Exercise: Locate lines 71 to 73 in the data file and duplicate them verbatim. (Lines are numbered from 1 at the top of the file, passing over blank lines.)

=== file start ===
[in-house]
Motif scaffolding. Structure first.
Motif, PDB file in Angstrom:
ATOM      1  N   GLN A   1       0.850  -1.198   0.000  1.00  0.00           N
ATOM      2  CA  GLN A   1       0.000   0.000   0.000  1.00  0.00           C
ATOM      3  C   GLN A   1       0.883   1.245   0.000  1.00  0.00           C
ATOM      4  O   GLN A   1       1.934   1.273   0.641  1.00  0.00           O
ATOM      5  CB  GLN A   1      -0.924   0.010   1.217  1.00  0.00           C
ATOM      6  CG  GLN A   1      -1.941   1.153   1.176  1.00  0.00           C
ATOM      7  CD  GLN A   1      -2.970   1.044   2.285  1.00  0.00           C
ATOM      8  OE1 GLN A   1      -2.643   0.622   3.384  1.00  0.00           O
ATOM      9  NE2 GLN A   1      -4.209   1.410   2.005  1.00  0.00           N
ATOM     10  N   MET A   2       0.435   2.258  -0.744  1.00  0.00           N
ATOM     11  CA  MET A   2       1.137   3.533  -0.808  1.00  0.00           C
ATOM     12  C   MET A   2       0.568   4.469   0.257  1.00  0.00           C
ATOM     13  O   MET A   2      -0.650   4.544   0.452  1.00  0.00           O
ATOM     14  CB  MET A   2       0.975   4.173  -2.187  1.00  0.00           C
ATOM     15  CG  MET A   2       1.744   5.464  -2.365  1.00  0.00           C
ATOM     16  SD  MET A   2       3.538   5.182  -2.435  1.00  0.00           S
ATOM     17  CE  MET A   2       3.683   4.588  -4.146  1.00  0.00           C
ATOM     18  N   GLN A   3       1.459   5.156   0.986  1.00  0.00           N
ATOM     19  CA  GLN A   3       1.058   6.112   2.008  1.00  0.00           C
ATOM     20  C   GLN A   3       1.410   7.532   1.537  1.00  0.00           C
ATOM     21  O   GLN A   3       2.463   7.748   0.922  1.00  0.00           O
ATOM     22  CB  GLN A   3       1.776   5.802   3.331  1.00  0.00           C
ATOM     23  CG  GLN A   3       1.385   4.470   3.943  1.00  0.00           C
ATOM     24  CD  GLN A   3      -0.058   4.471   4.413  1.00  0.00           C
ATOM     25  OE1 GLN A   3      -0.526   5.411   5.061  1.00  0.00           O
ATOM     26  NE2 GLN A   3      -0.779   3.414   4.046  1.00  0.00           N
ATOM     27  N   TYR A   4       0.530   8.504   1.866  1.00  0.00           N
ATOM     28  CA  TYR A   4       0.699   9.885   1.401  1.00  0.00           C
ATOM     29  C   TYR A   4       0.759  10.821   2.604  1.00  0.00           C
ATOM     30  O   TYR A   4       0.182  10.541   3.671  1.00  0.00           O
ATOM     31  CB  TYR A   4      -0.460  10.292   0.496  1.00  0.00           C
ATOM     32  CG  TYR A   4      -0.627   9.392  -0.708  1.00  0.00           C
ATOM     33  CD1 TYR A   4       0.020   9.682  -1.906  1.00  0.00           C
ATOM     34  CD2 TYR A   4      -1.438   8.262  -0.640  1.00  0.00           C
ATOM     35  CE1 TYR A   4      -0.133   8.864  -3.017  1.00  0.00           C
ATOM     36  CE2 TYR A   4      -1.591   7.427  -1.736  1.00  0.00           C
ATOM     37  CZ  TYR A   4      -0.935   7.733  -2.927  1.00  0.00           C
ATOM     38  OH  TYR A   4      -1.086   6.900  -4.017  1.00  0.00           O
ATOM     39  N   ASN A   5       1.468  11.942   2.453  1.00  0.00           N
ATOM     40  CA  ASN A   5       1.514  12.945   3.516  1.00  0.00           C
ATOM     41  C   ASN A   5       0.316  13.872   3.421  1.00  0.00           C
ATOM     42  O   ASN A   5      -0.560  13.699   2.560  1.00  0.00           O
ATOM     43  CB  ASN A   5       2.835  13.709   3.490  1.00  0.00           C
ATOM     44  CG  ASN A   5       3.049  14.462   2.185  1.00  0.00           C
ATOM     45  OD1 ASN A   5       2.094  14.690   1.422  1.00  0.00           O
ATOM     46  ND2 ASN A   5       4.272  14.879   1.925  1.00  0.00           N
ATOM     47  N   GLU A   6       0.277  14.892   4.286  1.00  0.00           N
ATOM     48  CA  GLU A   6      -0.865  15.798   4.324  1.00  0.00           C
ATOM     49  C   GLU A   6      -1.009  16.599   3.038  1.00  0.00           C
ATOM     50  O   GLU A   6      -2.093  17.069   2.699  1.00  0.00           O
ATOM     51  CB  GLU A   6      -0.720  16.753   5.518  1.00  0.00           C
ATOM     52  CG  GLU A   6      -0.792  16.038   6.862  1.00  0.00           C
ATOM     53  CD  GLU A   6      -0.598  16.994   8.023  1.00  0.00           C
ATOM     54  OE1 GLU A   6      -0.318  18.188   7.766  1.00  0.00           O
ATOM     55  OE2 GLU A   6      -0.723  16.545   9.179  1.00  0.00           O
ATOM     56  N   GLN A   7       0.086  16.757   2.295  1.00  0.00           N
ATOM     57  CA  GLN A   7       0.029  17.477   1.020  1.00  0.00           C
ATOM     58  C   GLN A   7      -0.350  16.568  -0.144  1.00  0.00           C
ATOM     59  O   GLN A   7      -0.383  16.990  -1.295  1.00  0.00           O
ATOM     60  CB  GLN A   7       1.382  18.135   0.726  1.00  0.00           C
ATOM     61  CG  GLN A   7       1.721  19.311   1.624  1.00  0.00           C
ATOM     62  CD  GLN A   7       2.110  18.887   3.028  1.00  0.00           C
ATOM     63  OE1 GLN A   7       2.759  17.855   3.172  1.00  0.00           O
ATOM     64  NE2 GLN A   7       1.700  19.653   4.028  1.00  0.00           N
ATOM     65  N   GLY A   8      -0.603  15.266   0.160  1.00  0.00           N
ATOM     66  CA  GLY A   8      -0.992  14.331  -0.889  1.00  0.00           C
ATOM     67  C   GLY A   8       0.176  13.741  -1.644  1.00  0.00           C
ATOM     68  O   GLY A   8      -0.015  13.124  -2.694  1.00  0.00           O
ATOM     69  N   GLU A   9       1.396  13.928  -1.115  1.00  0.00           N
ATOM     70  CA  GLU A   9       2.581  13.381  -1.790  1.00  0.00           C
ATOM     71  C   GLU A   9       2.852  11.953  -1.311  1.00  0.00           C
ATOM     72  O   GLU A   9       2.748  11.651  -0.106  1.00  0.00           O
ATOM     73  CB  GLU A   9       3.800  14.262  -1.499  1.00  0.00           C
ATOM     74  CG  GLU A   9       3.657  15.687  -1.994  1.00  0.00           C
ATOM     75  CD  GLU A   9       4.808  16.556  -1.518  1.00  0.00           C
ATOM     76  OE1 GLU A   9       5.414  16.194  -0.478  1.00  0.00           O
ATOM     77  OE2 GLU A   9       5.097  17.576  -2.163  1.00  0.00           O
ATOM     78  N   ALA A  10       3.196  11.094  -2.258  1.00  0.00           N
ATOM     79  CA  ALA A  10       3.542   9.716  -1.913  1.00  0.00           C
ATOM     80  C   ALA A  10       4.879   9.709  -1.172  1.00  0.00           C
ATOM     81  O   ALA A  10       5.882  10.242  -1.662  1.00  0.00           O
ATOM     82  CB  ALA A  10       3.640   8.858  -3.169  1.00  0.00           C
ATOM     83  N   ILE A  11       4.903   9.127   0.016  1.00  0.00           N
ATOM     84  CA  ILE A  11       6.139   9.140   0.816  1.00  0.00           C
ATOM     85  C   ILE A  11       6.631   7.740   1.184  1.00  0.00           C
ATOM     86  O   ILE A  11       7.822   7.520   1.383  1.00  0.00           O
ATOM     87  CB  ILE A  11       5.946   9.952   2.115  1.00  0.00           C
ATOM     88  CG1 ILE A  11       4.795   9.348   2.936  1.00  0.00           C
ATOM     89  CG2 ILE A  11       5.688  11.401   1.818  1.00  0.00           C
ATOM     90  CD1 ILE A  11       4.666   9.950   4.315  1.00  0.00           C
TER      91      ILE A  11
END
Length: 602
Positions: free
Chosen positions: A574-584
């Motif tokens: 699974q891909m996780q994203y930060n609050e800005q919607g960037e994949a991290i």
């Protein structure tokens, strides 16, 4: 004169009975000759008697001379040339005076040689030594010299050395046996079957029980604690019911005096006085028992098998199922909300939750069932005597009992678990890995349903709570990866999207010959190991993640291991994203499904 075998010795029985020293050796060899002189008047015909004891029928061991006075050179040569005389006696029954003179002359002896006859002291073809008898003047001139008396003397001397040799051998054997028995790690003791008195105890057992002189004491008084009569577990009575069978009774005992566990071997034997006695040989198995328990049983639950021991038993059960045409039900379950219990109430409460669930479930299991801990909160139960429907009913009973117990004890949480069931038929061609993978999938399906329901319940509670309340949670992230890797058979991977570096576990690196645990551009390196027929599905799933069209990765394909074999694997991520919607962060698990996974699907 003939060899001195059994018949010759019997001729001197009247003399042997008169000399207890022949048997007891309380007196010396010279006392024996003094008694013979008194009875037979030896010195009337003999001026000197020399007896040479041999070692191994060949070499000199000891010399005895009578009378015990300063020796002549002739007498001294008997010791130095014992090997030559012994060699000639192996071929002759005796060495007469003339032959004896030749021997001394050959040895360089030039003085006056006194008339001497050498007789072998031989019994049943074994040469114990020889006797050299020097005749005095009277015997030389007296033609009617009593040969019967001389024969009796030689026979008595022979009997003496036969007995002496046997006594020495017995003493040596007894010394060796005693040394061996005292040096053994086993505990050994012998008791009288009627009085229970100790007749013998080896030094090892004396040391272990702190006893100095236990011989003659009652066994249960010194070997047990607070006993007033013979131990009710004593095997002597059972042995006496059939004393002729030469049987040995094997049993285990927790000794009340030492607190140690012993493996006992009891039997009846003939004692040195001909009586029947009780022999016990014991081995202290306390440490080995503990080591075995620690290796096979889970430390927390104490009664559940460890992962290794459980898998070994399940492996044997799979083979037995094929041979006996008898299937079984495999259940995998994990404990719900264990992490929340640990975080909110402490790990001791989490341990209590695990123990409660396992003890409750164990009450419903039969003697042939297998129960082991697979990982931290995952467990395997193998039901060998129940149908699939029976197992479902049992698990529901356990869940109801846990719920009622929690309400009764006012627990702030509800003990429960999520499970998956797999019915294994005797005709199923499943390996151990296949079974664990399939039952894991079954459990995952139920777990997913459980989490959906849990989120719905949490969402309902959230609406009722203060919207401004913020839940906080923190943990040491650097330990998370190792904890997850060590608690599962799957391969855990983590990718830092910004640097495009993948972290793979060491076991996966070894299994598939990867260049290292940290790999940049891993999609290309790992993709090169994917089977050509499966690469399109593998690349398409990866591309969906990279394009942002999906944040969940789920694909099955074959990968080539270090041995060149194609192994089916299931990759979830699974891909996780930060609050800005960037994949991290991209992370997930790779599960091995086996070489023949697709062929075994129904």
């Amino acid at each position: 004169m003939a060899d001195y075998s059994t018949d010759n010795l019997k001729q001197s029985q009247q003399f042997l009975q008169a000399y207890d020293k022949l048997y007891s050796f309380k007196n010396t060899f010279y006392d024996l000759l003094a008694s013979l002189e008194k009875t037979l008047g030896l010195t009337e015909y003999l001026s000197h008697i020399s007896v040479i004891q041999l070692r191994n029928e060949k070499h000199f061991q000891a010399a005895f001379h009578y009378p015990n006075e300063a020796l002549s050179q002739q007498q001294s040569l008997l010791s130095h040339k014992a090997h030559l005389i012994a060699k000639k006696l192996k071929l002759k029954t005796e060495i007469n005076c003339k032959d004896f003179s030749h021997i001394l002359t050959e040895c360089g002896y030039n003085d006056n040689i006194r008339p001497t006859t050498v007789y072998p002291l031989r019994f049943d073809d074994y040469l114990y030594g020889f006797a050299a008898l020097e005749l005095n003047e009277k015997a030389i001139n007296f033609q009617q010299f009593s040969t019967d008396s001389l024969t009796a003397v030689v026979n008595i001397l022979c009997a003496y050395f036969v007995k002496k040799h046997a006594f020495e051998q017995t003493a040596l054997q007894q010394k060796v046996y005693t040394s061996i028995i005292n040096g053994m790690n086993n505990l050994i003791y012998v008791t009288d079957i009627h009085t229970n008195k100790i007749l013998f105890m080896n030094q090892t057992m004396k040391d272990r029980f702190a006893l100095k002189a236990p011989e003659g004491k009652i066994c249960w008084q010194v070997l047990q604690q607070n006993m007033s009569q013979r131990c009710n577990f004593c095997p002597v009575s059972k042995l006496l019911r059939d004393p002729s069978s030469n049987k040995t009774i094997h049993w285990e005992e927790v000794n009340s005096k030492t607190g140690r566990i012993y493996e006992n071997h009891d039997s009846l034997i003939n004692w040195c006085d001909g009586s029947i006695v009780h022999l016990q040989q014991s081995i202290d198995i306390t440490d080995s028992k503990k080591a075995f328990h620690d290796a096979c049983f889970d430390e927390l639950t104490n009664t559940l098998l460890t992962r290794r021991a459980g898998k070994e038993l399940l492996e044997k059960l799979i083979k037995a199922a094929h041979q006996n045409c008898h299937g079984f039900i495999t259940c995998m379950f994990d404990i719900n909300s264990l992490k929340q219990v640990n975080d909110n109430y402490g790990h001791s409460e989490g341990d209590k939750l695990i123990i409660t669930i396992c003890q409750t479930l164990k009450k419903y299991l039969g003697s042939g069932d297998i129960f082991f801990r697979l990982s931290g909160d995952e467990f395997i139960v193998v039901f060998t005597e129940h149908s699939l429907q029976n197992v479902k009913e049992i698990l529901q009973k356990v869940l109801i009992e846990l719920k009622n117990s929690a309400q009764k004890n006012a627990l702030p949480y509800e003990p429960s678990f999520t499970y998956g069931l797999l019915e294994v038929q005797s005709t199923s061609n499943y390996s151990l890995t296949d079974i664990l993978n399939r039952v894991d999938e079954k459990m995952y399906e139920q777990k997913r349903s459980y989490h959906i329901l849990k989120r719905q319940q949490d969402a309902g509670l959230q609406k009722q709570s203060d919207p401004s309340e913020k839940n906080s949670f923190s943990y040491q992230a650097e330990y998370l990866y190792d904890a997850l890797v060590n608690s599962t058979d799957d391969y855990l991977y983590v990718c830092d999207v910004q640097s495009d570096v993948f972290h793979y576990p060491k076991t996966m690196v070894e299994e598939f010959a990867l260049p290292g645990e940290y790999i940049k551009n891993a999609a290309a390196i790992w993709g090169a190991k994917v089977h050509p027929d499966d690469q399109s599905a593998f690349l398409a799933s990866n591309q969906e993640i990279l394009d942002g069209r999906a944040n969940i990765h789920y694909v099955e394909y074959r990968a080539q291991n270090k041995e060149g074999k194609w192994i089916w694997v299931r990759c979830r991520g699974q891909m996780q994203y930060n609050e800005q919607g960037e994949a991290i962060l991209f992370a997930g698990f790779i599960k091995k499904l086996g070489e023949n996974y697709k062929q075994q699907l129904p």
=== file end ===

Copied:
ATOM     68  O   GLY A   8      -0.015  13.124  -2.694  1.00  0.00           O
ATOM     69  N   GLU A   9       1.396  13.928  -1.115  1.00  0.00           N
ATOM     70  CA  GLU A   9       2.581  13.381  -1.790  1.00  0.00           C